Liver cell adenoma caused by estrogen ingestion is usually solitary (one tumor only), but some people may develop several adenomas spread throughout the liver. This latter condition is known as liver cell adenomatosis and does not have the strong association with estrogen or anabolic steroid use.
If the tumors are causing severe symptoms and are accessible to surgery, they should be surgically removed. Other treatments such as embolization (blocking the blood supply) to bleeding tumors and radiofrequency destruction may be useful in some patients.
Regular and long term medical supervision is vital because even complete disappearance of the adenoma does not prevent the later development of liver cancer, which has been observed five years after cessation of oral contraceptive usage and regression of the adenoma.
There are no reports of new adenoma formation or development of liver cancer after surgical removal of solitary liver cell adenoma.
In liver cell adenomatosis where there is extensive distribution of the lesions, management decisions are more problematic, as targeted adenoma excision is not an easy treatment. If there are many large tumor nodules ranging from 1 to 4 inches (2–10 cm) in diameter, then enlargement and deformation of the liver may occur. This is called a “massive type” and may be rapidly progressive and presents a real treatment challenge. The ‘multifocal type’ contains many adenomas up to 2 inches (4-5 cms) in diameter but the liver shape is not deformed or enlarged. These patients are unlikely to have many symptoms and appear to have a less aggressive clinical course.
Patients should be entered into a follow up program that includes yearly CAT scans or MRI scans, and frequent serum alpha-fetoprotein (AFP) measurement in a blood test. AFP is a protein that is a marker for liver cancer and rising levels must be taken seriously. These tests are done to detect progression of disease (increased lesion size) and/or transformation into liver cancer.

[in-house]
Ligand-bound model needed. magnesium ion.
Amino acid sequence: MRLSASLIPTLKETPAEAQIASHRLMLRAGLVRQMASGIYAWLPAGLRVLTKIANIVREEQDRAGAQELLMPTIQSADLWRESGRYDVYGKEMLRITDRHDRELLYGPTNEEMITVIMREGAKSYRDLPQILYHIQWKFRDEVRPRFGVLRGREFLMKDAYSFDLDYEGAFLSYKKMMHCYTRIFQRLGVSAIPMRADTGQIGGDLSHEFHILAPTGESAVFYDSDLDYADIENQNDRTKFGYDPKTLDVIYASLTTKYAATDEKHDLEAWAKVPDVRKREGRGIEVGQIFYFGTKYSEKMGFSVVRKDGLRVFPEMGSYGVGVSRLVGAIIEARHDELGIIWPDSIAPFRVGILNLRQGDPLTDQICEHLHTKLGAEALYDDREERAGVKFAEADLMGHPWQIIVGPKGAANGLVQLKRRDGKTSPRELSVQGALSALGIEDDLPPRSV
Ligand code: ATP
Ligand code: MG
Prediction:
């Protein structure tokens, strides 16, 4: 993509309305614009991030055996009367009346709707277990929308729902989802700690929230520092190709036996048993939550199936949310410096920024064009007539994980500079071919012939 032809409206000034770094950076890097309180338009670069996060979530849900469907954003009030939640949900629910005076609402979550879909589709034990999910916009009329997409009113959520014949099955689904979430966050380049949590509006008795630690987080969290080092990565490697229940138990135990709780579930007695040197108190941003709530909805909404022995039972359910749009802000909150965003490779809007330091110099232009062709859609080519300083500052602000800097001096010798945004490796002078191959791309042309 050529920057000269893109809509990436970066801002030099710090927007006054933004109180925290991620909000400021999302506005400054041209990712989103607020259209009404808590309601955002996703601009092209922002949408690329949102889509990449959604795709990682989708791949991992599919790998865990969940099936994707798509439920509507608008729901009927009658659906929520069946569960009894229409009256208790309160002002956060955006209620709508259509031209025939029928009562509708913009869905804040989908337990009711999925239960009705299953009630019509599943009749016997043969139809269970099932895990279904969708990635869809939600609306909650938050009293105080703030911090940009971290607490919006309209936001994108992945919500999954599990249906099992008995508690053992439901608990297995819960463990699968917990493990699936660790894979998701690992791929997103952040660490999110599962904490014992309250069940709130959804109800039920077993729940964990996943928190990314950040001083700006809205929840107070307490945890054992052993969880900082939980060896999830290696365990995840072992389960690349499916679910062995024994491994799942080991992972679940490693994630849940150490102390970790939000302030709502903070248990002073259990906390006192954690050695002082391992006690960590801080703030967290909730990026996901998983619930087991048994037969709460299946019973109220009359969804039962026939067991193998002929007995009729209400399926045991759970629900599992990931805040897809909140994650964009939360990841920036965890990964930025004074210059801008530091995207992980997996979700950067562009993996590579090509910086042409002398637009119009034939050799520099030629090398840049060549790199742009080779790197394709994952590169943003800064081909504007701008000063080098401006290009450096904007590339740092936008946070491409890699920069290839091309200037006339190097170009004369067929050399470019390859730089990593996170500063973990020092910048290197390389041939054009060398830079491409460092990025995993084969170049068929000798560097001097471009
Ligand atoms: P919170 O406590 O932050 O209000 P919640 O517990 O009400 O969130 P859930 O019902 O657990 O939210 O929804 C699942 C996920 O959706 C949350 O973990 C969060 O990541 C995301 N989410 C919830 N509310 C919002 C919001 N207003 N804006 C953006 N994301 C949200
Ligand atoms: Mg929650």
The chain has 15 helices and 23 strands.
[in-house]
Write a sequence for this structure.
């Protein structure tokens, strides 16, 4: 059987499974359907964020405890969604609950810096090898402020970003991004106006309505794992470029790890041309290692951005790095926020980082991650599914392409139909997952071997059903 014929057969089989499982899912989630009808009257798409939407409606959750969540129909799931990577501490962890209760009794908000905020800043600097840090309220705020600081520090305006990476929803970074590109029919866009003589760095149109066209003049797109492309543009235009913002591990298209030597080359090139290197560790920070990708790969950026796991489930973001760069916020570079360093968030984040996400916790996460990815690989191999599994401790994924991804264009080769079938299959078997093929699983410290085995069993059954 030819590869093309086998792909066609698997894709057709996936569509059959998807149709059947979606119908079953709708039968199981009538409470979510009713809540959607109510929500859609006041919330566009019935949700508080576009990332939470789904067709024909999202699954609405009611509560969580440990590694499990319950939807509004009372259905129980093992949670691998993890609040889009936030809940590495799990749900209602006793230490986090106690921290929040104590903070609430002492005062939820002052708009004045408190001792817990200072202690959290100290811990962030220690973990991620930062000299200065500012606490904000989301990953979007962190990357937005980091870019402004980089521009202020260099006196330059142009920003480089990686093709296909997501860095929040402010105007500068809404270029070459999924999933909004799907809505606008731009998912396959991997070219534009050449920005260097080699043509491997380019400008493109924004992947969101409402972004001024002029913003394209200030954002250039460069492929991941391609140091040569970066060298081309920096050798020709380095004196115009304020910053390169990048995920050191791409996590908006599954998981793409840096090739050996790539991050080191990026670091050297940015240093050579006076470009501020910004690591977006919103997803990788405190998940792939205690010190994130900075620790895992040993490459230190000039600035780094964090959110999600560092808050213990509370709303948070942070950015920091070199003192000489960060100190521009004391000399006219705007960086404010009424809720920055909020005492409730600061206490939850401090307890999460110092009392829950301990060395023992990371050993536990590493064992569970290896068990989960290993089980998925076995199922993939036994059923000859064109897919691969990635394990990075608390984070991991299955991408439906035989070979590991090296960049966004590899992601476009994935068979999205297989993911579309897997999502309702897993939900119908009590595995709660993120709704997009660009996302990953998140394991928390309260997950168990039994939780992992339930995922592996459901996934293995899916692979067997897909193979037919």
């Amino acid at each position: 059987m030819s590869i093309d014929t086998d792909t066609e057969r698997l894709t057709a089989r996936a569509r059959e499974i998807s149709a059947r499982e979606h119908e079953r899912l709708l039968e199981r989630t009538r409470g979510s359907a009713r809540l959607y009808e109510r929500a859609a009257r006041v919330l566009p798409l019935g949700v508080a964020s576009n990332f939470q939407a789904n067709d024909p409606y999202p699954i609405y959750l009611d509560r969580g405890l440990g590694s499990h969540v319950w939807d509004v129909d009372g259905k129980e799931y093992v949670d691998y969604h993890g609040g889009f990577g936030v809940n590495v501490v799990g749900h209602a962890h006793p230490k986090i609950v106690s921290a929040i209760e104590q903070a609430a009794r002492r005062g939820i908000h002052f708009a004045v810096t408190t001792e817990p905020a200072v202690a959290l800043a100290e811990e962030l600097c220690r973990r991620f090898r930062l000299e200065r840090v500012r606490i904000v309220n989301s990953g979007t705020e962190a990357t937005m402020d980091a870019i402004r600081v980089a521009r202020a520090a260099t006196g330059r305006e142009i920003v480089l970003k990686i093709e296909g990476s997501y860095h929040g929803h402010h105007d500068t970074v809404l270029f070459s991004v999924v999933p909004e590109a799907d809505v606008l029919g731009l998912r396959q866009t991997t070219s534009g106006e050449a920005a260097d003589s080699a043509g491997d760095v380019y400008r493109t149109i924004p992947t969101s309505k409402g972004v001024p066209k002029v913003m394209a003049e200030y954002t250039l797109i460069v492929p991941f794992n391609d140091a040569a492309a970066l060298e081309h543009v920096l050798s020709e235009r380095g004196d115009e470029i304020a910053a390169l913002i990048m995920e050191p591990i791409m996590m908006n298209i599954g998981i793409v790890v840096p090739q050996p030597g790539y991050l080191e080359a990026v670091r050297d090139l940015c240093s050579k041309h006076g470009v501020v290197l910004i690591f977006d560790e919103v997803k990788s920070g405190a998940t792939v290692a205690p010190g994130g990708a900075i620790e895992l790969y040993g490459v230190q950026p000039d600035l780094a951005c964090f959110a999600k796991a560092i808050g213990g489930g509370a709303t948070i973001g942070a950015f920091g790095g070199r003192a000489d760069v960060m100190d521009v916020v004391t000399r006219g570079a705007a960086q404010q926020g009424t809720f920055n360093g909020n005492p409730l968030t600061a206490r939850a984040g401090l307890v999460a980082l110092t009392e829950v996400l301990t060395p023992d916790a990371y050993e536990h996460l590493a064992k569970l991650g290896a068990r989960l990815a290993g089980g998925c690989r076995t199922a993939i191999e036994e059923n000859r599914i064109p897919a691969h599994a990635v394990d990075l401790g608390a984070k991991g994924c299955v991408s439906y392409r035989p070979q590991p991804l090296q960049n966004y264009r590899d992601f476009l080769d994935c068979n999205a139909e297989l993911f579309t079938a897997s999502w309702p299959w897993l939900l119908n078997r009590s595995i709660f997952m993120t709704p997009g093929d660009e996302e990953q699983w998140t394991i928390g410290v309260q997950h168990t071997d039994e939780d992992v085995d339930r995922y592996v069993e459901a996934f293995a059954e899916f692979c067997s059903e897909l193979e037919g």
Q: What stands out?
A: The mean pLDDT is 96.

All female patients should be advised to stop hormone medication (e.g. oral contraceptives and hormone replacement therapy), and also ensure that they prevent further pregnancies.
Those who have the massive form of liver cell adenomatosis may have multiple large lesions within a single lobe of the liver, and are best managed by partial removal of the liver. Patients with multifocal liver cell adenomatosis should be monitored with regular liver imaging. Progression of disease with larger adenomas, concern of malignant transformation, and increasing symptoms are indications for resection in multifocal liver cell adenomatosis. Resection is the preferable option unless technically impossible.
Liver transplantation should be considered only as a last resort. Indications where liver transplantation is considered may include rise in serum alpha-fetoprotein, concern about transformation to cancer on scans, and patients with marked enlargement of the liver and repeated bleeding of the adenomas.
Nutritional help for adenomas
In patients with liver adenomas, either solitary or multiple, it is important to have a healthy diet and to avoid eating sugar and refined carbohydrates. If you are overweight, a low carbohydrate diet that is free of all grains and refined sugar is important and may shrink tumors. This is because a low carbohydrate diet lowers insulin levels and insulin is a growth promoting hormone that can promote the growth of tumors.
It is vital to support healthy liver function to try and shrink the adenomas; I recommend the following –
Take one capsule daily with food. Selenium has been studied in large clinical trials and has a proven effect in reducing liver cancer. Selenomune is the leading selenium supplement available and contains the correct dose.
- Vitamin D3
Especially if you are low in blood levels of vitamin D.
- Super Vitamin K
Take 2 capsules daily with food.
- N-Acetyl-Cysteine (NAC)
Take 1 capsule twice daily.
The above statements have not been evaluated by the FDA and are not intended to diagnose, treat or cure any disease.